There's one other place in the solar system where liquid rains, evaporates, and seeps into the surface to create deep lakes: Saturn's moon Titan.
In this alien world, the Earth-like hydrologic cycle does not take place with water, but with liquid methane and ethane. In Titan's ultra-cold environment, these gases behave just like water.
Two new papers published in the journal Nature Astronomy detailed the findings of the concluded Cassini mission, particularly the details on Titan's lakes and their composition.
"Every time we make discoveries on Titan, Titan becomes more and more mysterious," Marco Mastrogiuseppe, lead author and Cassini radar scientist from Caltech, says in a report from NASA. "But these new measurements help give an answer to a few key questions. We can actually now better understand the hydrology of Titan."
Titan's Deep Lakes Atop Mountains
In the first paper, a Mastrogiuseppe-led team reveal the results of their investigations on Titan's lakes. It provides the first confirmation of the depth of these small western lakes with some reaching more than 300 feet, which suggests they formed when ice and solid organics dissolved and collapsed around them.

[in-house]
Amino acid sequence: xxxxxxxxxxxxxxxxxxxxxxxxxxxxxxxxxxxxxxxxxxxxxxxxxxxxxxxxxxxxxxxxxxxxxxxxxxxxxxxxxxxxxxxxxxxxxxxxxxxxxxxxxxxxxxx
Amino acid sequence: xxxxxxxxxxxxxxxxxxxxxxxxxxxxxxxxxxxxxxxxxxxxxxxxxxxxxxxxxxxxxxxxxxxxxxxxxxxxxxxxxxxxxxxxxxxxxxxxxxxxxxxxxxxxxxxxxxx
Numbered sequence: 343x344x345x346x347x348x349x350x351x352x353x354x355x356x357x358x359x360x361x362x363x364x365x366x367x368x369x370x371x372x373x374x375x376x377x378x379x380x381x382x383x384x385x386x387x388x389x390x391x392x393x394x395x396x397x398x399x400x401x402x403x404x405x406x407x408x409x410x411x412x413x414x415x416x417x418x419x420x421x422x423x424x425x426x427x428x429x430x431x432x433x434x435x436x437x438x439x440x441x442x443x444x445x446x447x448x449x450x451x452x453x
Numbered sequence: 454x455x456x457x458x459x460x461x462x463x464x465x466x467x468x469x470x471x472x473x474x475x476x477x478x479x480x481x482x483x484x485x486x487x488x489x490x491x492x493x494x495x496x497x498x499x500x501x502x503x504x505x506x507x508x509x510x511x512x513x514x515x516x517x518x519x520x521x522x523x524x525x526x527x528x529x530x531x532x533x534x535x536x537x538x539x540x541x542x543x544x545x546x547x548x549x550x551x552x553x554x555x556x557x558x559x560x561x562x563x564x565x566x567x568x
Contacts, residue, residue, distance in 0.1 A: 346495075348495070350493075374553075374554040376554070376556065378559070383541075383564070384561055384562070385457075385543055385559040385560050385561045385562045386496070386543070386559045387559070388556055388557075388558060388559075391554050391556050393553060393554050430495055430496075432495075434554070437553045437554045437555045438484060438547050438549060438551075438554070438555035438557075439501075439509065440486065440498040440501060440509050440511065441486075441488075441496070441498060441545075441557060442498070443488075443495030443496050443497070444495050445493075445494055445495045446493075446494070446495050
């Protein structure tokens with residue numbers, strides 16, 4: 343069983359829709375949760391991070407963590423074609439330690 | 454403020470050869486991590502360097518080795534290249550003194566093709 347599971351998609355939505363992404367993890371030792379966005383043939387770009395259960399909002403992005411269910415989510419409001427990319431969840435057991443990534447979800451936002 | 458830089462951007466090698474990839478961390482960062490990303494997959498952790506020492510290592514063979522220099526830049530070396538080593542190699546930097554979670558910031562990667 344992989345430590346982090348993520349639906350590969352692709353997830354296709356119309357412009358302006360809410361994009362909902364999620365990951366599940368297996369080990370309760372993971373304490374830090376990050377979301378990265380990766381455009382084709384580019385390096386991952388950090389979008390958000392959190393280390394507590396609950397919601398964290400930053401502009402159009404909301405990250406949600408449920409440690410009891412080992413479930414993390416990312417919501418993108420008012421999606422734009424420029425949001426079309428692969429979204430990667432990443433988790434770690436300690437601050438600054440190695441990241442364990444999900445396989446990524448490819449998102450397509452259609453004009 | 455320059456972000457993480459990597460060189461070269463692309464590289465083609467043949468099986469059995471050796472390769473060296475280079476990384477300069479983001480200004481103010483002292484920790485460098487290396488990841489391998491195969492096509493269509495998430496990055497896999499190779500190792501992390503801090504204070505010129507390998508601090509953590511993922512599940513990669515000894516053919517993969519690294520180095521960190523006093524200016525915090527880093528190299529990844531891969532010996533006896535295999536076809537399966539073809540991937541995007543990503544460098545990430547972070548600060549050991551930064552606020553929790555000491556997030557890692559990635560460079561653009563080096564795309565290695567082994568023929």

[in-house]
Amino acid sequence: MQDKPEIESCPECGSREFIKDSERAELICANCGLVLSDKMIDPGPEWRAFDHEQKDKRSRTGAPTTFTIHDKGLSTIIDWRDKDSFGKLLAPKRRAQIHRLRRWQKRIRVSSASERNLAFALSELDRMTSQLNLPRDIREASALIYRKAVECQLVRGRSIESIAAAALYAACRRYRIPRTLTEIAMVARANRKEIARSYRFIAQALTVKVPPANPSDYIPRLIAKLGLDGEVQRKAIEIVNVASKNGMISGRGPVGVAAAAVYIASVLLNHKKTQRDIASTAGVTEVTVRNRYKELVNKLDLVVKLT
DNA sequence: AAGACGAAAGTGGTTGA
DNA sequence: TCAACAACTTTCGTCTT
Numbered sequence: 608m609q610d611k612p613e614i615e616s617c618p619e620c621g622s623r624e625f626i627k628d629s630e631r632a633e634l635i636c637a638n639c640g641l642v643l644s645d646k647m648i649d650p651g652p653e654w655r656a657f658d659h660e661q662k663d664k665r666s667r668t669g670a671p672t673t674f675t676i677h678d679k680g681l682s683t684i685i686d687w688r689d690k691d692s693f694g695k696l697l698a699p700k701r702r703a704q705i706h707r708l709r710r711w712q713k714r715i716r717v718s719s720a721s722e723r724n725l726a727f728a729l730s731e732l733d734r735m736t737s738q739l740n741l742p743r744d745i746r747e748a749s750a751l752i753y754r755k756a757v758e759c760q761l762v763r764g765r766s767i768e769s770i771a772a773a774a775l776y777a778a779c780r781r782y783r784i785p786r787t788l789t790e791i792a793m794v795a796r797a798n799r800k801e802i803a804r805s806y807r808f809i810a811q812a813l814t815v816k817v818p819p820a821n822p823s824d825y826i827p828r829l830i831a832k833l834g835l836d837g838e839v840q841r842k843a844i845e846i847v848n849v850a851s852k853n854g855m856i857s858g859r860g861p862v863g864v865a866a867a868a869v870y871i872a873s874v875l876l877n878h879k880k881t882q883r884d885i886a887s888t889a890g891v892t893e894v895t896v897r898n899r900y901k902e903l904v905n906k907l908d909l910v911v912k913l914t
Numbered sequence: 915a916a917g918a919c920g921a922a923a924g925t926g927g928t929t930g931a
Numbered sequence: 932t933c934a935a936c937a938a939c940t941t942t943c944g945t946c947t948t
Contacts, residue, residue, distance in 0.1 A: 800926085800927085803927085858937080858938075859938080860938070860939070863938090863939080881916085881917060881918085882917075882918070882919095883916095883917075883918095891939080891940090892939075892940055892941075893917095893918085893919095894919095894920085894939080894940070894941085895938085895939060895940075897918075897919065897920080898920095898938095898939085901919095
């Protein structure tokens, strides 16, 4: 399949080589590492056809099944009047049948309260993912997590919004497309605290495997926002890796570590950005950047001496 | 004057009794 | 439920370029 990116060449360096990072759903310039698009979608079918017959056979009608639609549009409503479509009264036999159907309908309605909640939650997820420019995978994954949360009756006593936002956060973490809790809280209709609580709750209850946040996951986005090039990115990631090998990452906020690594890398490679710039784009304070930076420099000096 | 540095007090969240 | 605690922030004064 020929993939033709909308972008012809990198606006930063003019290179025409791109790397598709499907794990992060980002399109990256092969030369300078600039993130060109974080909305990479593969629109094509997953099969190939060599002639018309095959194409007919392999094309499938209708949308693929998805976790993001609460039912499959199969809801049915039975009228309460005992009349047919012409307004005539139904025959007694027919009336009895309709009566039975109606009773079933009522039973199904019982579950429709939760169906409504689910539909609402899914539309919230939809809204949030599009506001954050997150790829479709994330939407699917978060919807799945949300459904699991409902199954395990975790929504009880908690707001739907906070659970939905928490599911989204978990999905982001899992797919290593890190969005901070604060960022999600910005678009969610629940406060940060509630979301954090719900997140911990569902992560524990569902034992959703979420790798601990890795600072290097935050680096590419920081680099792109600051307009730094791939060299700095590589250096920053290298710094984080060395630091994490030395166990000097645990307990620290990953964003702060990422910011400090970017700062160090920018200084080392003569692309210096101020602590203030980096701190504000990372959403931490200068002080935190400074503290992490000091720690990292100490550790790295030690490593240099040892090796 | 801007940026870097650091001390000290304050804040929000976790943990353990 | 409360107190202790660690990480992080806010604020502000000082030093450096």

Prior to the study, the team was already aware that the moon's bigger northern seas are made up of methane. However, they were surprised to find that the smaller southern lakes are also filled with methane. After all, when scientists previously measured the only major lake in the southern hemisphere, it was made up of both methane and ethane equally.
Another strange feature of Titan: one side of the northern hemisphere appeared to be an entirely different world from the other side, at least in terms of hydrology. In the East are massive seas combined with low elevation landforms of canyons and islands, while on the West there are small but deep lakes on top of rolling hills and plateaus.
"It is as if you looked down on the Earth's North Pole and could see that North America had completely different geologic setting for bodies of liquid than Asia does," Jonathan Lunine, a Cassini scientist and coauthor of one of the papers, explains.
Phantom Lakes On The Surface
The second paper tackles what the researchers refer to as transient lakes, where the liquid appears to have significantly decreased over time.
When Cassini first detected these features on the surface, they appeared to be lakes filled with liquid, but when the spacecraft returned, they're all dried up.
Shannon MacKenzie, lead author and planetary scientist at the Johns Hopkins Applied Physics Laboratory, suggests the "phantom lakes" show evidence of seasonal changes in Titan.
These lakes could have been more shallow than other bodies of liquid on the moon, evaporating as the season shifted.
"Titan is the most interesting moon in the solar system," MacKenzie tells Space.com. "I think that gets me some enemies, but I think it's actually true."